Blog Archives

Exchanging Fear and Worry for Thanks

015512546cdbd9f6c77eba5e46a668d8b143bf3424New every morning. Or after a nap, a good run, a walk around the lake. It’s not the rising and setting of sun that sets my mood, it’s the respite. A time to let the mind wander and tippy toe over the field of neurons who happily spark and ignite one another on their merry way to thoughts, images, expressions and feelings. Completely unguided by the slave driver who, the rest of the time, cracks the whip….

Get with it! Shape up! You have a deadline to meet! Conference is coming, you know! People are gonna expect things from you! Are you gonna be ready? Heck, is anyone gonna come?

Oh my goodness, why do I talk to myself that way? Take a seat, will ya, and come back a bit later when a swift kick in the pants is in order.

Funny how that guy doesn’t take orders. He’s all about giving orders, but he uses every trick in the book to get his way. All of sudden, he’s got me moving but my motivation is fear and worry, not excitement and energy. Lord, I don’t want to row this life with fear and worry as my paddles. I want to set out to sea with oars of steel and a good strong stroke, waves take me as they will. You call the strokes. You be my Coxswain.

How good it would be if all I had to do was put some muscle into it and not have to keep looking up for land or landmark or buoy.  But there are reefs out there and sharks, you know. There are swells that would swamp me and ocean liners that would smash me to smithereens. Who in their right mind would set out into that on their own?

Oh yeah, me. But the dangers that surround are not nearly as ugly as the ones within. The ones who question whether I should have set out in the first place. Turn back! While you still can!

And then the dark settles. I can’t see a thing, can only feel the muscles pulling at the oars. Stroke. Stroke. Stroke. And I am strong and growing stronger. I am! I am capable. I have a body that listens and works with me, that recovers and tries again, that coordinates itself. Good grief, think of all those neurons and their signals to all those muscle fibers that contract in complicated sequence to choreograph a single pull. What an amazing feat is one stroke. And then another.

I can do this.

And I AM grateful. What an opportunity I have before me. How exciting this all is. Who would have ever thought this would happen? To me.

Suddenly the slave driver’s voice is different. Not shouts and commands but instructions and direction. My thanks for the miracle of muscle and motion has turned the tide. I see and hear anew. And the sun rises.

The path toward right

It’s so hard to stay on track. What with everything pulling us this way and that. Attractive things. Tempting things. Necessary things. They all tug at our sleeves insisting we pay attention. Perhaps this is something of the sense Jesus had in the crowd when the woman who had suffered hemorrhages for years touched the hem of his clothes and was immediately healed. It stopped him into asking “Who touched me?” because he felt the power that had gone out of him.

I wonder about the power going out of me by all this tugging and touching and tempting. Is it dribbling and leaking? Or is it the power of healing to those whom I pass? Am I so determined to stay the course, persist in my doing, struggle through any obstacle, that I apply all of my power to my own path? Because that, I fear, is what happens when I fix my eyes on an objective and insist on getting there in my own strength.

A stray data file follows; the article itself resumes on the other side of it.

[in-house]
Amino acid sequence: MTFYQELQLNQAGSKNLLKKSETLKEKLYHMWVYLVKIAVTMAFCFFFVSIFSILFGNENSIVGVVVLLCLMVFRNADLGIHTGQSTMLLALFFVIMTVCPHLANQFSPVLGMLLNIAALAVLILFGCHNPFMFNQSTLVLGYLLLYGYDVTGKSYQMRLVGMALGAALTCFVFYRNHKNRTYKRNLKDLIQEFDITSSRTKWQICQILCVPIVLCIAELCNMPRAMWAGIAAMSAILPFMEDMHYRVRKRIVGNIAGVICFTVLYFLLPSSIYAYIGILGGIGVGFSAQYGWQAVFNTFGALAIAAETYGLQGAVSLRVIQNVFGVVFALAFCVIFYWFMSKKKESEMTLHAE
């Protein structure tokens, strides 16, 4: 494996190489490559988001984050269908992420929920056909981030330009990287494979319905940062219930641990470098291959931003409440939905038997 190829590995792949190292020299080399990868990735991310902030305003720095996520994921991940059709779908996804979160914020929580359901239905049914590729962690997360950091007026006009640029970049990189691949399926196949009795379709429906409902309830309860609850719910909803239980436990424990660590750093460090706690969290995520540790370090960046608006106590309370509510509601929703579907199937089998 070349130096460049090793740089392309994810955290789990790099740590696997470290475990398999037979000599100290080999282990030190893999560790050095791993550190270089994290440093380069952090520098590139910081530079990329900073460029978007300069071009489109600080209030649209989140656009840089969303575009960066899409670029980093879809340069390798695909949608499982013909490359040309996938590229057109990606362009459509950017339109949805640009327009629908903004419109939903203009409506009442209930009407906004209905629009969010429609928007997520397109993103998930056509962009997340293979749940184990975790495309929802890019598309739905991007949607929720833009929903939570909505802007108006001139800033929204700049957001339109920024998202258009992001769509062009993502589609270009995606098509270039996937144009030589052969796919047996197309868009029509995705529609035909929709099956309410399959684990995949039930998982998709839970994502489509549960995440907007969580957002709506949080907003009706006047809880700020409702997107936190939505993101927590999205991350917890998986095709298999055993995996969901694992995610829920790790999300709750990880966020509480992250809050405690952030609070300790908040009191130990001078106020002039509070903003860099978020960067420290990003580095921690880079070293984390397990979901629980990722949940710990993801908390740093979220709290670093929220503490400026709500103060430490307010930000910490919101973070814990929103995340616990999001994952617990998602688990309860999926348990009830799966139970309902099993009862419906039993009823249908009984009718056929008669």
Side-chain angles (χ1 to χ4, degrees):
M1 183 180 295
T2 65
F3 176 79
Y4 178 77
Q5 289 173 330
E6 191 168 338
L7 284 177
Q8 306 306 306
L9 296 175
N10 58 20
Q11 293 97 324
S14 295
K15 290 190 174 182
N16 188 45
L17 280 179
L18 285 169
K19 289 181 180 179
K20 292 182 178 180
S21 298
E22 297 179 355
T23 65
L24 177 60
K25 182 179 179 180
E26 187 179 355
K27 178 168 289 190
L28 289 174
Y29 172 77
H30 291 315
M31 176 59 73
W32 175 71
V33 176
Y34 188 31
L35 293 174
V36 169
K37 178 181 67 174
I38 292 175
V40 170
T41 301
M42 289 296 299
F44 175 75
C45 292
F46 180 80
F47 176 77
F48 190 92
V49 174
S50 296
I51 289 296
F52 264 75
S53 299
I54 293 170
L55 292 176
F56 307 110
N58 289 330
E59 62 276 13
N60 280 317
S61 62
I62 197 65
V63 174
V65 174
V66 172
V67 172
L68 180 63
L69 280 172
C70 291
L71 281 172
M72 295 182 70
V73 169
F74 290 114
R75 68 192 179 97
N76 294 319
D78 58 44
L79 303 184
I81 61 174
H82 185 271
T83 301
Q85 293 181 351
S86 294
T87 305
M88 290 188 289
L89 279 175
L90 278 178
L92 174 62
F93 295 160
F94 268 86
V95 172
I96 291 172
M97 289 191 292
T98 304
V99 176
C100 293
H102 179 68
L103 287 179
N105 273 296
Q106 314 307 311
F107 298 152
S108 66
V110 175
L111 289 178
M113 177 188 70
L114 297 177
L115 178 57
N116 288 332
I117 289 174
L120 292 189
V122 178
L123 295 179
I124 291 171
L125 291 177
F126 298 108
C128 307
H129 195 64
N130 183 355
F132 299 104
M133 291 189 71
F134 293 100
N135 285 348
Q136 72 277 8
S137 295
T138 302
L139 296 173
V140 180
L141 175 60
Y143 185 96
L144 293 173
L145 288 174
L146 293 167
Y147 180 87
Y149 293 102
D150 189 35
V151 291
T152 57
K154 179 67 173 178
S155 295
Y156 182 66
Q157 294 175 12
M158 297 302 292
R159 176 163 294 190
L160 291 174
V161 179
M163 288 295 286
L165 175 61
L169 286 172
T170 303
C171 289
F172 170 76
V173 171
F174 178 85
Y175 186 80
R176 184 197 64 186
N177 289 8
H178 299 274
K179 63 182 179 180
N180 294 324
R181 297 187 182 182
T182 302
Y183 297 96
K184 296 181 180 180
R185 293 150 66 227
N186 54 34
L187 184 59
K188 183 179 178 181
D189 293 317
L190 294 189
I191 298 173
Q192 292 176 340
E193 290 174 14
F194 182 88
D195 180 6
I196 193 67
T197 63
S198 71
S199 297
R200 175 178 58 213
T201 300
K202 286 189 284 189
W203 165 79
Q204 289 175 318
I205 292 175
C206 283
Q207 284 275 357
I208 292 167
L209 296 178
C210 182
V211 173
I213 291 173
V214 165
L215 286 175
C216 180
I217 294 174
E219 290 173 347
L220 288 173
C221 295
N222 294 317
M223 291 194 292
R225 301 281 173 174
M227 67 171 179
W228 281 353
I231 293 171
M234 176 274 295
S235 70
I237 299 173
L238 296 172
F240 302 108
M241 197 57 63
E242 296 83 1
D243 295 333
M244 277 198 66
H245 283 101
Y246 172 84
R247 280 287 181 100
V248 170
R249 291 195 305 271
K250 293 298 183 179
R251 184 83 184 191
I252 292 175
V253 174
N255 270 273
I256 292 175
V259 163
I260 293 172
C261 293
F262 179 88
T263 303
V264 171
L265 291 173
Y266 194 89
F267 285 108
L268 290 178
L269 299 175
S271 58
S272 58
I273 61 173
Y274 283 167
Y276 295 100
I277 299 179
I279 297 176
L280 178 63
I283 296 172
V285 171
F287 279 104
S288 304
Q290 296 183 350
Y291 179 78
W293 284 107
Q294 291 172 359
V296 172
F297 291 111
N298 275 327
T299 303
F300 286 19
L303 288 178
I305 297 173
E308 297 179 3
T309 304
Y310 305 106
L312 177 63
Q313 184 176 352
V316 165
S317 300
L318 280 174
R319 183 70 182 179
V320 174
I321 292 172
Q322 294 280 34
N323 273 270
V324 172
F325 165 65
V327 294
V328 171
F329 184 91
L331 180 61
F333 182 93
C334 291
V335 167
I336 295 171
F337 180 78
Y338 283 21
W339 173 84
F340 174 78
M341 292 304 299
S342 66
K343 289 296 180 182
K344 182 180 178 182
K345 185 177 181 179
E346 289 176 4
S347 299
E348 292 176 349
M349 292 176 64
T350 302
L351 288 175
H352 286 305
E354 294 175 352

“He guides me in paths of righteousness for his name’s sake…” Psalm 23 says. Not, he jumps me straight to the end because I am special or because I have been well-behaved or even because he chooses to. He guides me on the path toward right. The ‘not right’ in me gets me off track. People call this ‘not-rightness’ sin. The Bible calls this not-rightness sin. And we suppose it stands on the path between us and Goodness. It separates us from God, we say, and that seems so.

But what separates may not be something that stands between. It may very well be something that stands behind and calls, or stands next to and tugs, or passes near and tempts. All it takes to draw me off course is a slight misalignment. So, I must attend to my guide, moment by moment.

How many paths of righteousness are there? I don’t know. But they all lead to the foot of the cross. And from each of our vantage points that direction will look a bit different. Almost as if we each stood and looked at the shadow cast by the sun’s beams spilled on the cross itself. The way would look straight from where we are. How simple! But as we walk, the sun rises and the sun sets and the path ebbs ever so slightly. Following it requires constant attention, supreme diligence and everlasting patience when clouds descend. All character traits I expect God intends to sow in me, not to battle death or defeat sin; He has taken care of that. No, I expect they are the power of God to heal. Heal me and heal others.

So many paths.

So we can journey onward toward the foot of the cross, the gateway to the Father Himself. Same gate. Same Way. Infinite number of paths.

Funny, during Lent the path has a different feel under my feet – a sodden, squishy, slosh. And there is a beautiful reflective quality to it, a sort of darkened, deepened, glow. Almost as if the shadow is cast on a lake and I am, we are, walking on water. The cross is planted on firm ground right at water’s edge. Set there to welcome travelers who are damp from effort. “Come on in and dry off,” it seems to say.

Hey, if we are baptized into new life, surely we can be dried off into Kingdom living.

%d bloggers like this: